After a slowdown in issuance that mirrored public markets during the first month of the global pandemic, investment grade private credit markets sprang back to life in late April and May. Investors were able to source attractive deals at significant yield premiums to similarly rated public bonds. Additionally, active managers continue to exploit market dislocations and generate strong risk-adjusted returns for clients by adding high-quality assets at historically compelling spread levels.
We believe there is a long-term role for both public and private fixed income in investors’ portfolios. Investment grade private credit complements public credit by adding additional spread premium and diversification while retaining a high correlation to long-term financial liabilities.
What is investment grade private credit?
Investment grade private credit¹ refers to loans and debt securities issued by companies or entities outside of the public capital markets. Investors are primarily institutions such as insurance companies and pension funds.
- Investment grade private credit instruments are similar to public debt. They typically have durations that range from five to 30 years, often include collateral and financial covenants and are available across the rating spectrum.
- Investors are paid a spread premium over comparable public bonds because these transactions are more customized and less liquid.
- The private placement issuer base includes public and private corporate issuers and spans major sectors (industrials, utilities, financials).
- Annual issuance in the investment grade private credit market is $70 to $100 billion per year and growing, with the U.S. representing about 60% of annual volume.
Investment grade private credit vs. public bonds and below investment grade private credit
|Investment grade public corporate credit||Investment grade private credit||Below investment grade
|Issuers/obligors||Large corporations||Companies, governments, non-profits||Mid-market companies|
|Use of proceeds||General corporate purposes||Project and asset specific||Leveraged buyouts|
|Rating||AAA-BBB||Typically A-BB, some AA||BB+ and below|
|Security||Unsecured||Secured and unsecured||Secured and unsecured|
|Ranking||Can be subordinated||Senior||Senior and subordinate|
|Covenants||Limited||Maintenance / comprehensive||Pressure due to increased competition among lenders|
|Tenor||5, 7, 10, 30 years||Flexible 2-30 years||Typically 5 years|
|Historic spread to comparable public credit||N/A||10 - 100+ basis points||50 - 400+ basis points|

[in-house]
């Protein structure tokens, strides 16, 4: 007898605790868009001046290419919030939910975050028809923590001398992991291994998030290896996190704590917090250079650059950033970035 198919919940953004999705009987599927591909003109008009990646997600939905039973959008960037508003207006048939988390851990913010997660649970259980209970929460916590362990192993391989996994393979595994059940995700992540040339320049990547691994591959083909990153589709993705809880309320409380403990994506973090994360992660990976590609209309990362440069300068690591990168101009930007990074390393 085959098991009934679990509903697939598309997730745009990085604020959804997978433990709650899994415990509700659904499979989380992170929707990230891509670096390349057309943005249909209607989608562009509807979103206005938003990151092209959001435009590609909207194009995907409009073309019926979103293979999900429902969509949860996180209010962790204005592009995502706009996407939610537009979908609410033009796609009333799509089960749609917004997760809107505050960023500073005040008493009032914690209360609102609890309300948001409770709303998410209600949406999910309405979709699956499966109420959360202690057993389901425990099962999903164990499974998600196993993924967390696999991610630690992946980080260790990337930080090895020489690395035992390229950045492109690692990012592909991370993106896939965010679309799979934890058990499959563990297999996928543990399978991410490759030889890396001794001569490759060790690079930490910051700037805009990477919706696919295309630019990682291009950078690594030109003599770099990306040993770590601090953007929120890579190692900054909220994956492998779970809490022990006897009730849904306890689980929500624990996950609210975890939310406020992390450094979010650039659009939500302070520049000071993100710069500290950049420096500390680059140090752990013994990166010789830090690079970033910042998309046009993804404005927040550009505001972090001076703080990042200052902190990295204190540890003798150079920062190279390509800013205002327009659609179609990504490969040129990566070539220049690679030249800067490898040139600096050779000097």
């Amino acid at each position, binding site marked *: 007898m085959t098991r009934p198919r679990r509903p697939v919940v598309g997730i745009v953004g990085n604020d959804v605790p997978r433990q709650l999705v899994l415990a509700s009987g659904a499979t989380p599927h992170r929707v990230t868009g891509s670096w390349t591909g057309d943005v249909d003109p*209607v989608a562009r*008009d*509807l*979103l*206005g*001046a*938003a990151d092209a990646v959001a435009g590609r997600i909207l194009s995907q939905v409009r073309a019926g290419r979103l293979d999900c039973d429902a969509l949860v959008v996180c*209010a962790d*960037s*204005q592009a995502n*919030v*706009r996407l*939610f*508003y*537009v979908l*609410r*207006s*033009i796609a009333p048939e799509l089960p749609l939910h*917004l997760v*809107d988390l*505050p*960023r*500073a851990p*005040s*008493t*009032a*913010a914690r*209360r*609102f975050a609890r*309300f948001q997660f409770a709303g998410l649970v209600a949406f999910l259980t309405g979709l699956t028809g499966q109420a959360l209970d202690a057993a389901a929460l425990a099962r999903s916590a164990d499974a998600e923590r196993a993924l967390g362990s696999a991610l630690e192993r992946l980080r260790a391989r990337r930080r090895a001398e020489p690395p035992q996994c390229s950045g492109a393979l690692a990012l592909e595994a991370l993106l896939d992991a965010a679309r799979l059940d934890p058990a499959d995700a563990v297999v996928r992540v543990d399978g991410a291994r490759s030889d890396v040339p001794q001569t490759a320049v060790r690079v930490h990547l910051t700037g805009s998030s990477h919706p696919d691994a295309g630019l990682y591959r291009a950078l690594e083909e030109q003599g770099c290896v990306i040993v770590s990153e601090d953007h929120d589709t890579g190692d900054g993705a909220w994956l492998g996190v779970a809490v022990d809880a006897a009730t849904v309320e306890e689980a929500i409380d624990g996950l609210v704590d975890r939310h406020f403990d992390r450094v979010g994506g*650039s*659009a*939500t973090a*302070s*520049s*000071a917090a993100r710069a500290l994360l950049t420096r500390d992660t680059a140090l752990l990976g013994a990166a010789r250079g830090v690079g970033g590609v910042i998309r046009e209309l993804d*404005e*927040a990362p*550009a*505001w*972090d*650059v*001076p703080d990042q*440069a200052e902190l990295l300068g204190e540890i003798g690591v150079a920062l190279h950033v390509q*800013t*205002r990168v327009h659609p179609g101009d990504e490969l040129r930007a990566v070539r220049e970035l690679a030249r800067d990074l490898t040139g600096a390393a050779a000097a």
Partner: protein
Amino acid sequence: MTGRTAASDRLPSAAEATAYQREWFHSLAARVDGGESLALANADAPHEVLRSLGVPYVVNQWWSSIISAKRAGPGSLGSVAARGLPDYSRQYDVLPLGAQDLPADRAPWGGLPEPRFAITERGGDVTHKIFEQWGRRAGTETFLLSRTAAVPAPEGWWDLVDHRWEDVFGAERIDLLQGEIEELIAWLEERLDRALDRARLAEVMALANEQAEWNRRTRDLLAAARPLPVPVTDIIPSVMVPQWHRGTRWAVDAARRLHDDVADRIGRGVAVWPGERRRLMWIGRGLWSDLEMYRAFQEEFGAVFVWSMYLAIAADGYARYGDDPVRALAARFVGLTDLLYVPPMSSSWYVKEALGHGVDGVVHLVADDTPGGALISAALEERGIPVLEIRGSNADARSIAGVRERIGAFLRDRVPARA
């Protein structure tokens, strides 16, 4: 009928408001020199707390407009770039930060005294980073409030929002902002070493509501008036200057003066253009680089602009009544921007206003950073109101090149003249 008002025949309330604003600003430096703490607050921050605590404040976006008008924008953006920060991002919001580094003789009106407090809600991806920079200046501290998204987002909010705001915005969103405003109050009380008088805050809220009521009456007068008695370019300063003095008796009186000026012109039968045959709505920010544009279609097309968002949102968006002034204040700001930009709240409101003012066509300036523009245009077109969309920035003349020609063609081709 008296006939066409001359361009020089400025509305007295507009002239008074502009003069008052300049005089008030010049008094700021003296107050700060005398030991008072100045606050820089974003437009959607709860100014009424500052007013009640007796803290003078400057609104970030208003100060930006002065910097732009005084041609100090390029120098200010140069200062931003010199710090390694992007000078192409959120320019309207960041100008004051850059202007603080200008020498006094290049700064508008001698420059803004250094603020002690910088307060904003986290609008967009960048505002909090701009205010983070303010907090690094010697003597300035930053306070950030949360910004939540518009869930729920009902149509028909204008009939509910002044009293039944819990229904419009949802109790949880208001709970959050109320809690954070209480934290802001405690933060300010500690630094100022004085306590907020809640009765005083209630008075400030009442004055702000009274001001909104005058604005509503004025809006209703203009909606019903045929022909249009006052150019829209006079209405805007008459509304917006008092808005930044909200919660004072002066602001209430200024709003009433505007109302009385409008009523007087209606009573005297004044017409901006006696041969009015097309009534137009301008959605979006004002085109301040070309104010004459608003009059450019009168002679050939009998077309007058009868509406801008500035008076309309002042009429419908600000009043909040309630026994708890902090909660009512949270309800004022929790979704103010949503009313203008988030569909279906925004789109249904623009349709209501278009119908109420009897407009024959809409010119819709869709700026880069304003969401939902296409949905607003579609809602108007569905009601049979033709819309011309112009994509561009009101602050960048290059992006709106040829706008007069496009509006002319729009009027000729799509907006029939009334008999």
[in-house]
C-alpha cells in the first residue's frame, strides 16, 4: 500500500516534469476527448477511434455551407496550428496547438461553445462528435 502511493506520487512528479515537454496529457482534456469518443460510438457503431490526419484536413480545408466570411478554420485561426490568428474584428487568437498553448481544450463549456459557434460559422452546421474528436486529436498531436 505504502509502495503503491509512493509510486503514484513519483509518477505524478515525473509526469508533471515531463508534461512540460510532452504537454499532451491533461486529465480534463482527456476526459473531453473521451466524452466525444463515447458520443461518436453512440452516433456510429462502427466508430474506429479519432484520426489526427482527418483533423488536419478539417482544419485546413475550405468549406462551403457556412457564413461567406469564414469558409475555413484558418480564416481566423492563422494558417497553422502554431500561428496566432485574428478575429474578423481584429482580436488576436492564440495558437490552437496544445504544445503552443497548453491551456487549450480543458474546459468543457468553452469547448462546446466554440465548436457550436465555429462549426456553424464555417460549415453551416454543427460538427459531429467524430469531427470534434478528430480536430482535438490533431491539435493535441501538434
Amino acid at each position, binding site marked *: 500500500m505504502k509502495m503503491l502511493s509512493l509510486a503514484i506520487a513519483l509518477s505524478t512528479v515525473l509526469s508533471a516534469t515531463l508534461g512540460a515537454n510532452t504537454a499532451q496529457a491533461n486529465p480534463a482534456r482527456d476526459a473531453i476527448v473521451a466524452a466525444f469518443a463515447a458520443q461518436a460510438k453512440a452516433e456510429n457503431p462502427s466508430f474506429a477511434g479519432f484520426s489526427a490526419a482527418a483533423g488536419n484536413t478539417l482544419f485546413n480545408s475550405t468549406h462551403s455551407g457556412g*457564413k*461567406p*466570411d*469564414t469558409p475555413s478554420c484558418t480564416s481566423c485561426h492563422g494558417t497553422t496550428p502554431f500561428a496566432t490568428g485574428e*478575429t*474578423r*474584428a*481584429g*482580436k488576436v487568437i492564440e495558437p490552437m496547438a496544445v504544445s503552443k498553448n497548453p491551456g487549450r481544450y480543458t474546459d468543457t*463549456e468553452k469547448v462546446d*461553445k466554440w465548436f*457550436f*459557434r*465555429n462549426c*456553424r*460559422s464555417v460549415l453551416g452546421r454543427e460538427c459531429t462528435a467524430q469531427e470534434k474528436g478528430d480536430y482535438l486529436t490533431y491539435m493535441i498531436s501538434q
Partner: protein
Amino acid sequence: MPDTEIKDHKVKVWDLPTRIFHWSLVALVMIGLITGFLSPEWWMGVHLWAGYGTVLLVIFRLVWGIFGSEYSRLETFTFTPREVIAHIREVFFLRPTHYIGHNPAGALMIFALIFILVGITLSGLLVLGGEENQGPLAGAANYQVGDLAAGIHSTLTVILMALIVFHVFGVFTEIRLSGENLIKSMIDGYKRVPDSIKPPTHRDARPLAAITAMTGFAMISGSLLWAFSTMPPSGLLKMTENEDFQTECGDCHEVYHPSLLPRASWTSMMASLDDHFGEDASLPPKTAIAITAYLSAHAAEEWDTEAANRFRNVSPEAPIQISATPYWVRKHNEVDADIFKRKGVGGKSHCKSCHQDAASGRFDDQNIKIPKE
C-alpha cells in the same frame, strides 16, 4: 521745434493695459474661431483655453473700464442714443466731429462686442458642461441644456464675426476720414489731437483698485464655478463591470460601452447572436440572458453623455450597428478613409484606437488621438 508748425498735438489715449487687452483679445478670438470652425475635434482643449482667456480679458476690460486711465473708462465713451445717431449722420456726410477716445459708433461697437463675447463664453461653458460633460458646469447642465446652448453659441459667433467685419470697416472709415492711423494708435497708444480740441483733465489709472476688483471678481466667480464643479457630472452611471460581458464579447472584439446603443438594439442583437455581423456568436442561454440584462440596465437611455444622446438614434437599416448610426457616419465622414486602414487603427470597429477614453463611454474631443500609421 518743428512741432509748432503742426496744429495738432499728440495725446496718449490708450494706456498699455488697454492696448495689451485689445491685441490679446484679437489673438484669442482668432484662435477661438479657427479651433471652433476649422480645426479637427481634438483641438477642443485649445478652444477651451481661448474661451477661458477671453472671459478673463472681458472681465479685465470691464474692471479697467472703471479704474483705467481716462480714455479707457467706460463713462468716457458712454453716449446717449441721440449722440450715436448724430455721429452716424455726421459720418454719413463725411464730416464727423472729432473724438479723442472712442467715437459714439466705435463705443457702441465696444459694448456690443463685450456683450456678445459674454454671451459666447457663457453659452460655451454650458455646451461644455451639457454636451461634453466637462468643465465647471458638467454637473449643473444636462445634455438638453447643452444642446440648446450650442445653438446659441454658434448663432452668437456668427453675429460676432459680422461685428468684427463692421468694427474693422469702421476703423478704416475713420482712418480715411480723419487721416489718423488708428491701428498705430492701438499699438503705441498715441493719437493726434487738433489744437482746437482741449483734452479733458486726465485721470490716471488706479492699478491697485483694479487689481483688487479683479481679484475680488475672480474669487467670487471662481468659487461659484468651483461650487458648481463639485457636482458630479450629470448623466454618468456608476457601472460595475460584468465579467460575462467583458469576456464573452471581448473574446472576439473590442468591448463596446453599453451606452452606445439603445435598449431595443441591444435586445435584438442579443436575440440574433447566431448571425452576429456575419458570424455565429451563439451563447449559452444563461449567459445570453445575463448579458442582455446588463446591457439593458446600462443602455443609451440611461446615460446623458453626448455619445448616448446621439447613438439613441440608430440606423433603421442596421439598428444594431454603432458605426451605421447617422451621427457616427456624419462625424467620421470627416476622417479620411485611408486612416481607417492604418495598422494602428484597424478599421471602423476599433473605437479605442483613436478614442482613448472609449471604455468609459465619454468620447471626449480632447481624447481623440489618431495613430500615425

|Annual issuance||$1.2 - $1.3T||$70 - $100B||$200B+|
Why investment grade private credit?
The strength, durability and growth of the investment grade private credit market reflects the wide range of benefits afforded to both issuers and investors.
Benefits to borrowers of investment grade private credit issuance:
Features and deal terms of investment grade private credit can be highly customized to meet the needs of the issuer and include non-standard maturities, delayed or multiple draw periods and custom amortization.
Issuers of investment grade private credit can bypass the time and expense associated with public disclosure and registration requirements, allowing private issuers to maintain confidentiality.
Knowledgeable investor base
Most investment grade private credit investors are affiliated with larger investment management organizations with dedicated analysts capable of underwriting unique or complex transactions that would be difficult to execute in the public market. Issuers also value the ongoing relationship with private investors as a source both of capital for growth and structuring expertise.
Benefits to investors of investment grade private credit markets:
The investment grade private credit market offers investors the opportunity to invest in unique transactions and issuers not available to public bond investors.
A combination of the illiquidity premium and bespoke nature of investment grade private credit placements relative to public bonds allow investors to capture a spread premium over comparable public issuers, as well as the potential for additional income associated with consents, amendments and, in some cases, coupon increases.
Better lender protections
Investment grade private credit investors benefit from deal structures that are typically more robust than public market transactions, including collateral and financial covenants that allow investors to get back to the negotiating table in the event of credit deterioration. Investors also benefit from direct access to management along with access to information not available to public investors.
Applications for Insurance Companies
The attractive capital efficient yields have made investment grade private credit an integral component of life insurer’s portfolios, and in recent years, there has been significant adoption within the Property and Casualty (P&C) segment as well. P&C insurers look for ways to add yield without taking on additional credit risk or exposing themselves to regulatory charges, and investment grade private credit can effectively deliver these characteristics to the portfolio.
Capital framework treatment